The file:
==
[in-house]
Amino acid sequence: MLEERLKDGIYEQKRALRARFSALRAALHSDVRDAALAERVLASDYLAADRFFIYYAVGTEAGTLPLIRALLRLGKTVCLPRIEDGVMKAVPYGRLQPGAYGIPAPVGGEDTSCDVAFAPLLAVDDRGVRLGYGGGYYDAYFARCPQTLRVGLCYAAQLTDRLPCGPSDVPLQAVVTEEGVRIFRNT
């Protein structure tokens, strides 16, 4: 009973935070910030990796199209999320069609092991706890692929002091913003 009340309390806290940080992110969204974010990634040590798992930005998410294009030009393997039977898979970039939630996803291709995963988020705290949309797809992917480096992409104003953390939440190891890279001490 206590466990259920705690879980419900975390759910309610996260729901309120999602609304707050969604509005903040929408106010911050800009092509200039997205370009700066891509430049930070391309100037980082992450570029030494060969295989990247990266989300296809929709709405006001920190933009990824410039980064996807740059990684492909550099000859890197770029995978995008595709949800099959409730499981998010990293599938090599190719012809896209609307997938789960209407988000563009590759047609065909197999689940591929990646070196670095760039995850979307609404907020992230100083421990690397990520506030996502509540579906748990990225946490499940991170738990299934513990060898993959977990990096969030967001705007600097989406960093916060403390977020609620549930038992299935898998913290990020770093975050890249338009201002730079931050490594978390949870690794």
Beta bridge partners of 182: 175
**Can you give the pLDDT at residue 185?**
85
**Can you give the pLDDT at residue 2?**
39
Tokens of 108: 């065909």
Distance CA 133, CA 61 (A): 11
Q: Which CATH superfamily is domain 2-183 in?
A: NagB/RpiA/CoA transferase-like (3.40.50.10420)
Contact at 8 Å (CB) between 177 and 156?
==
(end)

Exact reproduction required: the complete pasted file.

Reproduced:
[in-house]
Amino acid sequence: MLEERLKDGIYEQKRALRARFSALRAALHSDVRDAALAERVLASDYLAADRFFIYYAVGTEAGTLPLIRALLRLGKTVCLPRIEDGVMKAVPYGRLQPGAYGIPAPVGGEDTSCDVAFAPLLAVDDRGVRLGYGGGYYDAYFARCPQTLRVGLCYAAQLTDRLPCGPSDVPLQAVVTEEGVRIFRNT
């Protein structure tokens, strides 16, 4: 009973935070910030990796199209999320069609092991706890692929002091913003 009340309390806290940080992110969204974010990634040590798992930005998410294009030009393997039977898979970039939630996803291709995963988020705290949309797809992917480096992409104003953390939440190891890279001490 206590466990259920705690879980419900975390759910309610996260729901309120999602609304707050969604509005903040929408106010911050800009092509200039997205370009700066891509430049930070391309100037980082992450570029030494060969295989990247990266989300296809929709709405006001920190933009990824410039980064996807740059990684492909550099000859890197770029995978995008595709949800099959409730499981998010990293599938090599190719012809896209609307997938789960209407988000563009590759047609065909197999689940591929990646070196670095760039995850979307609404907020992230100083421990690397990520506030996502509540579906748990990225946490499940991170738990299934513990060898993959977990990096969030967001705007600097989406960093916060403390977020609620549930038992299935898998913290990020770093975050890249338009201002730079931050490594978390949870690794």
Beta bridge partners of 182: 175
**Can you give the pLDDT at residue 185?**
85
**Can you give the pLDDT at residue 2?**
39
Tokens of 108: 């065909």
Distance CA 133, CA 61 (A): 11
Q: Which CATH superfamily is domain 2-183 in?
A: NagB/RpiA/CoA transferase-like (3.40.50.10420)
Contact at 8 Å (CB) between 177 and 156?